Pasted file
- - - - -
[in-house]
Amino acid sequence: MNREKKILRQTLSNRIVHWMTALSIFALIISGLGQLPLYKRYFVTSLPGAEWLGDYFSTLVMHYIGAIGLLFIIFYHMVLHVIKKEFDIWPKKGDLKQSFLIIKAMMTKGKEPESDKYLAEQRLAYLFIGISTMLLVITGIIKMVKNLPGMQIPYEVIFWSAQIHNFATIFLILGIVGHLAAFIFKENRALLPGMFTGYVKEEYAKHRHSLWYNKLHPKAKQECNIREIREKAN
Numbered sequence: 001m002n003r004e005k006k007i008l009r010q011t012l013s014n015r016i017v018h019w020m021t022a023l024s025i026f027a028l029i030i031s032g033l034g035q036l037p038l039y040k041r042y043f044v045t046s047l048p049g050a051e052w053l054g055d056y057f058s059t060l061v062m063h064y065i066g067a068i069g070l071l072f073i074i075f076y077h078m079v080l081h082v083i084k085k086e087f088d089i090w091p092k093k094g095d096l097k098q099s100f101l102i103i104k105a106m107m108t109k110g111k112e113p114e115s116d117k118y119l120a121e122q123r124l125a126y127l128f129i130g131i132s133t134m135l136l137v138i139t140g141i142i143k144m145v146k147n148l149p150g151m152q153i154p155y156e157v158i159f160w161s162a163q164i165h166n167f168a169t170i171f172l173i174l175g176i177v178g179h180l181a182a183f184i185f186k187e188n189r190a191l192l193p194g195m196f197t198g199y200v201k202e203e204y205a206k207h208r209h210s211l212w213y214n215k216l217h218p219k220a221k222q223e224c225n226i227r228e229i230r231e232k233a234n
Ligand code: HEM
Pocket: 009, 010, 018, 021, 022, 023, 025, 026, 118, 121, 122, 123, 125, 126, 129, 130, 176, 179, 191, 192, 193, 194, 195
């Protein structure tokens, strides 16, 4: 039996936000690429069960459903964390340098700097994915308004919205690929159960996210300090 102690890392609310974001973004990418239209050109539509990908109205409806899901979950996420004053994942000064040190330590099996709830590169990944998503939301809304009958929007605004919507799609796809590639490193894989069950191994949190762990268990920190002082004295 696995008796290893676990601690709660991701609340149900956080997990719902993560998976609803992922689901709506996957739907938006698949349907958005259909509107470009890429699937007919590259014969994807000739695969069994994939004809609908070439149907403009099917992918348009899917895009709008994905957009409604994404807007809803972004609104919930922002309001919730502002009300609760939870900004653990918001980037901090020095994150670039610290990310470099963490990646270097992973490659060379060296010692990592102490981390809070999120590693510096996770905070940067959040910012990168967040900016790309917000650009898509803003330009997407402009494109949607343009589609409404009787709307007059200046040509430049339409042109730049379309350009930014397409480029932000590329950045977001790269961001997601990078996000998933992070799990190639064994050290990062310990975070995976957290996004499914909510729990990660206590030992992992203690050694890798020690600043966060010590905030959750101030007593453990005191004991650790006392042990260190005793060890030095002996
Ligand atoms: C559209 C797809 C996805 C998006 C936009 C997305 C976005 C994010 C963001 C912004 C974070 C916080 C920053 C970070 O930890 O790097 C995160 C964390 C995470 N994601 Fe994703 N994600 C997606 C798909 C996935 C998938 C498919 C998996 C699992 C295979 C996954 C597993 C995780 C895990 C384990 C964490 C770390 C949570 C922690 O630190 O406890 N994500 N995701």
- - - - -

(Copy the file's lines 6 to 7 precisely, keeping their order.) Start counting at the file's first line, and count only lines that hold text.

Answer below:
């Protein structure tokens, strides 16, 4: 039996936000690429069960459903964390340098700097994915308004919205690929159960996210300090 102690890392609310974001973004990418239209050109539509990908109205409806899901979950996420004053994942000064040190330590099996709830590169990944998503939301809304009958929007605004919507799609796809590639490193894989069950191994949190762990268990920190002082004295 696995008796290893676990601690709660991701609340149900956080997990719902993560998976609803992922689901709506996957739907938006698949349907958005259909509107470009890429699937007919590259014969994807000739695969069994994939004809609908070439149907403009099917992918348009899917895009709008994905957009409604994404807007809803972004609104919930922002309001919730502002009300609760939870900004653990918001980037901090020095994150670039610290990310470099963490990646270097992973490659060379060296010692990592102490981390809070999120590693510096996770905070940067959040910012990168967040900016790309917000650009898509803003330009997407402009494109949607343009589609409404009787709307007059200046040509430049339409042109730049379309350009930014397409480029932000590329950045977001790269961001997601990078996000998933992070799990190639064994050290990062310990975070995976957290996004499914909510729990990660206590030992992992203690050694890798020690600043966060010590905030959750101030007593453990005191004991650790006392042990260190005793060890030095002996
Ligand atoms: C559209 C797809 C996805 C998006 C936009 C997305 C976005 C994010 C963001 C912004 C974070 C916080 C920053 C970070 O930890 O790097 C995160 C964390 C995470 N994601 Fe994703 N994600 C997606 C798909 C996935 C998938 C498919 C998996 C699992 C295979 C996954 C597993 C995780 C895990 C384990 C964490 C770390 C949570 C922690 O630190 O406890 N994500 N995701």